Layla Thomson was born into this world a healthy, happy baby girl. At least that’s what her parents, Tammy and Brad, thought.
For the first two months of Layla’s life everything appeared to be normal, though she wasn’t gaining weight as she should have. Tammy and Brad consulted with Layla’s pediatrician, and discovered Layla had a heart murmur.
At first Layla’s cardiologist thought the problem stemmed from a pinched valve, a condition that could be fixed by pushing a balloon-like object through her thigh and opening the valve near her heart. But a routine check-up showed her condition was much more serious: there was a hole in Layla’s heart, and she needed open-heart surgery within two weeks.
The news was hard to bear for Layla’s parents.
“This was extremely scary to think that our daughter's chest would be cut open and her heart would be stopped for an extended period of time,” Tammy says.
Layla was just six months old when she was diagnosed with ventricular septal defect (VSD), a common congenital heart defect. The hole in her heart was located in the wall that separates the lower chambers that allow blood to pass from the left side to the right. Many small VSDs close on their own, but in Layla’s case the opening was large enough to push oxygen-rich blood back into her lungs rather than to the rest of her body. This forced her young heart to work on overdrive.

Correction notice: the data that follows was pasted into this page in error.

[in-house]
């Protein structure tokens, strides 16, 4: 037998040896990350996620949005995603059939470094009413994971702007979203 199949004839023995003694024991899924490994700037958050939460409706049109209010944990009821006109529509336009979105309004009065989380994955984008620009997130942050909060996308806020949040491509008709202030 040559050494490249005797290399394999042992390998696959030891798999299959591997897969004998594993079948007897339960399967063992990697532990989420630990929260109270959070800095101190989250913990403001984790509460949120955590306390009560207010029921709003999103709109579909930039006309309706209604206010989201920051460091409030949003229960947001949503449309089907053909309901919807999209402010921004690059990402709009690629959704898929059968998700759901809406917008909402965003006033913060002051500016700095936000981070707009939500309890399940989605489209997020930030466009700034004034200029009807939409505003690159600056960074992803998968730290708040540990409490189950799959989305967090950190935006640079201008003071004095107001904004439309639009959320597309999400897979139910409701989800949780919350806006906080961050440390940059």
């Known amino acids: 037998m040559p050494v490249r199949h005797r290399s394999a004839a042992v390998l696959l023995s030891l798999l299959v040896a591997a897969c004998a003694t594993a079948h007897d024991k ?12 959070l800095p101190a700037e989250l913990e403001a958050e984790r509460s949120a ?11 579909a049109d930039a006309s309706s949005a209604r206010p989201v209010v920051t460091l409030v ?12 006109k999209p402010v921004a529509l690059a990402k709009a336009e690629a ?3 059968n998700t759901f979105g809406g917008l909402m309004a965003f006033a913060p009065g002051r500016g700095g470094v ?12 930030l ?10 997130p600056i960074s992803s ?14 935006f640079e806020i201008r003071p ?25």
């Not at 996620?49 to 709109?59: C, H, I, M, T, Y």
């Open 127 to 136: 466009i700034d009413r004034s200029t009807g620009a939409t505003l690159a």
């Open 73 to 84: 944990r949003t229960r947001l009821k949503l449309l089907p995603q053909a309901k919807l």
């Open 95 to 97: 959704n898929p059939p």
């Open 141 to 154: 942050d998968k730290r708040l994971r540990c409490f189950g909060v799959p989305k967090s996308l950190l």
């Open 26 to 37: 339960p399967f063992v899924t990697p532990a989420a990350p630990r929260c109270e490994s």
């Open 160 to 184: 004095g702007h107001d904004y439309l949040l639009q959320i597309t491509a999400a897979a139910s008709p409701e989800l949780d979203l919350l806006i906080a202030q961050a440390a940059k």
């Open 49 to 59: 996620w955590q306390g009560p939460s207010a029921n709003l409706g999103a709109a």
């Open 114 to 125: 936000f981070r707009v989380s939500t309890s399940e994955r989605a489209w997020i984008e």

Layla was soon transferred into the care of Dr. Sanjiv Gandhi, a renowned heart surgeon at BC Children’s Hospital. Dr. Gandhi stopped Layla’s heart for 27 minutes, repairing the hole with a waterproof fabric membrane. Following the procedure, Layla’s heart developed an irregular beat, so she was hooked up to a pacemaker to adjust it.
Tammy remembers how terrified she was the first time she saw Layla in the Intensive Care Unit after the surgery.
“She had so many IVs, tubes, wires, machines and a pacemaker hooked up to her,” recalls Tammy. “It was a sad sight, but we were relieved to learn she was a trooper.”
Today, at 18 months old, Layla is once again a happy, healthy little girl. She is as active as any other child her age; she loves dancing, gymnastics and spending time outdoors with her family. She no longer needs to visit BC Children’s Hospital for check-ups, but will continue to see a cardiologist once a year.
Tammy and Brad are so grateful to the doctors and staff at BC Children’s Hospital that they’ve made several donations in Layla’s name. They say they plan to visit the hospital on a regular basis and when Layla gets a little older, they want her to decide for herself how she would like to give back.
“We are so thankful for Dr. Gandhi and his medical team for their amazing work,” says Tammy. “The staff in the ICU were absolutely amazing and knew how to keep her as comfortable as possible.”